AS OF the latest official census in 2015, the Philippine population now stands at 100.98 million. One in every three lives, works, and remains bound to the earth, or earns a living from agriculture.
The agriculture sector consists of four sub-sectors: farming, fisheries, livestock, and forestry, which altogether by the year 2000 employed 39.8 percent of the labor force. Yet still, farmers and fisherfolk are to this day the most impoverished of all Filipinos.
In 2015, land planted to at least 21 various agricultural crops covered 13 million hectares. In order of scale, palay, coconut, and corn are the crops with the largest land coverage.
In terms of harvest volume, however, sugarcane production that ranges from 17 to 29 million metric tons per year outranked all other crops.
The yield from sugarcane plantations represents about a third of the total 84 million metric tons of crops that the agriculture sector produced in 2015. The situation derives from the intermittent but significant rise and fall in rice and corn production, as well as that of 14 other agricultural crops, over the last two decades.
Sixteen major crops produced by the agriculture sector have marked production slips and upticks, often on account of disastrous weather systems, through the years.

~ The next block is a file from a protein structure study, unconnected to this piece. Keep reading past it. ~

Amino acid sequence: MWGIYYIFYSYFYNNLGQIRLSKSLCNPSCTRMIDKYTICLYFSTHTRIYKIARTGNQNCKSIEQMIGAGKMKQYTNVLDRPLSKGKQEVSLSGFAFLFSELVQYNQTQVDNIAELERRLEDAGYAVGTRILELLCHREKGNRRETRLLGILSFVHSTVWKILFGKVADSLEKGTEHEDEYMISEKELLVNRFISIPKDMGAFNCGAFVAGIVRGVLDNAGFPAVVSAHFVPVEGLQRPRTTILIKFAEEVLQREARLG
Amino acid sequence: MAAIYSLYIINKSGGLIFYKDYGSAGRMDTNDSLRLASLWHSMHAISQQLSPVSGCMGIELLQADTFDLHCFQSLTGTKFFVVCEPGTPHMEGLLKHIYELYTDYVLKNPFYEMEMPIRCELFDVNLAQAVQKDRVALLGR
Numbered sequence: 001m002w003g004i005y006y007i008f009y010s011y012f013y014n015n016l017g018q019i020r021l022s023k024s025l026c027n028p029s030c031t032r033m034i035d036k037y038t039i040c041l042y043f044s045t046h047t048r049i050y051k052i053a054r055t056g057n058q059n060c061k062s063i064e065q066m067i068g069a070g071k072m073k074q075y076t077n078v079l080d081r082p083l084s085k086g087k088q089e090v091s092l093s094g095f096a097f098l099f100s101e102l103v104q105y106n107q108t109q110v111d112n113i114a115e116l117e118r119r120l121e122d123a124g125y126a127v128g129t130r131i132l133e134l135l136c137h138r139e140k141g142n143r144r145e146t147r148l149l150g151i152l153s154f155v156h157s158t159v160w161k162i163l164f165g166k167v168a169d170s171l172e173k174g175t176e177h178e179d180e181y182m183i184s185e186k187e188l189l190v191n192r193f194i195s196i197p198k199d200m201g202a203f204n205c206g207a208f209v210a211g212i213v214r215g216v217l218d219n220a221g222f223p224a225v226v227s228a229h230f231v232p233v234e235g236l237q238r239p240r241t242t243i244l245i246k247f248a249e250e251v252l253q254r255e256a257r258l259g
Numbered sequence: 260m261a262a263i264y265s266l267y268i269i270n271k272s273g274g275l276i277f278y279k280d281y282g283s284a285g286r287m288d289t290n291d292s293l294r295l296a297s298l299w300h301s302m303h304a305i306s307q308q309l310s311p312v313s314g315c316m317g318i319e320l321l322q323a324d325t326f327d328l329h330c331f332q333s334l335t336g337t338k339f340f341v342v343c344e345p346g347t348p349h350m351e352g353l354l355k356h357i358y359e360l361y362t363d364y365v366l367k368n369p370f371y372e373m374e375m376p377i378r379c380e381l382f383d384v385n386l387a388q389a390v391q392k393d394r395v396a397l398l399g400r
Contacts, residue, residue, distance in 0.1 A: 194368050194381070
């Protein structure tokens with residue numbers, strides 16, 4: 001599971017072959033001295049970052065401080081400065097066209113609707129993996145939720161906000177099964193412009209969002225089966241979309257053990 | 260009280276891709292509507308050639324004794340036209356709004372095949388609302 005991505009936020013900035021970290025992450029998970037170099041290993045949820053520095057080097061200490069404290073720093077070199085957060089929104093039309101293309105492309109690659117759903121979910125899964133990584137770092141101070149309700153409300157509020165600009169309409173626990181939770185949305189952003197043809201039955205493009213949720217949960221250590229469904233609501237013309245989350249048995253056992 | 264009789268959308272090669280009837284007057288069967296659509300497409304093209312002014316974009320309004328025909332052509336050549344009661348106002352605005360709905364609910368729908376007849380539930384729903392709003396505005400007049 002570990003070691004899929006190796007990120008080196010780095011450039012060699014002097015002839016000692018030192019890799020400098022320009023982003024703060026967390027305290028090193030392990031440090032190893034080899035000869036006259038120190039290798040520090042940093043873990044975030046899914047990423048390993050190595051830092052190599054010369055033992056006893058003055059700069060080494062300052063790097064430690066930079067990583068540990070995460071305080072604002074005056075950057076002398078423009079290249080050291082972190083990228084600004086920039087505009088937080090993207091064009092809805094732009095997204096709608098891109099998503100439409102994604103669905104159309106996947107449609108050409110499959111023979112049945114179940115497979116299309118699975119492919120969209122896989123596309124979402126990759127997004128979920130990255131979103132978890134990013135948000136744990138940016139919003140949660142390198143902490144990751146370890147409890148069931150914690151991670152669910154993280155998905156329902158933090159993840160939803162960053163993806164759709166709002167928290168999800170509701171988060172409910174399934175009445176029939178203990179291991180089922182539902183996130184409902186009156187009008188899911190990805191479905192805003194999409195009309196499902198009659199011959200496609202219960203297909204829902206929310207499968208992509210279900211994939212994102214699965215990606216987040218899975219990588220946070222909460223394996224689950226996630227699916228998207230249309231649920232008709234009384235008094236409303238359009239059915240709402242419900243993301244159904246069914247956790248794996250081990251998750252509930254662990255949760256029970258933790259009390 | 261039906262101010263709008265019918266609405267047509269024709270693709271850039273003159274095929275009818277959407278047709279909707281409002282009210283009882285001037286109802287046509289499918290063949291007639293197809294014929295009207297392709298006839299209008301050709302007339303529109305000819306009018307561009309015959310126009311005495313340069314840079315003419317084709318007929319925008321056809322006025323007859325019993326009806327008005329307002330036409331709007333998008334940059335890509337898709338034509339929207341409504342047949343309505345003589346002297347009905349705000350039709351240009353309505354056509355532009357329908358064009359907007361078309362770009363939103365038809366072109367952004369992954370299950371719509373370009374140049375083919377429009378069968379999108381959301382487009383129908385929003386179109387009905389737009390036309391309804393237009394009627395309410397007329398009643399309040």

In 1998, palay production severely dropped by 24 percent from the previous year, while that of sugarcane and coconut, by 22 and 12 percent, respectively. The situation would repeat in 2010 when the production volumes of major crops also declined significantly. In both years, super typhoons destroyed wide swaths of agricultural lands.
But did you know that apart from rice, coconut, corn, and sugarcane, our farmers also grow smaller volumes of other crops? Filipino farmers also harvest bananas, pineapple, coffee, mango, tobacco, abaca, rubber, cassava, camote, peanut, mongo, onion, garlic, tomato, eggplant, cabbage, calamansi, and other crops.
Check out the backstory and future links in data and statistics of the Philippine agriculture sector on PCIJ's MoneyPolitics Online — With additional research by Abigail Marie Pelea, PCIJ Intern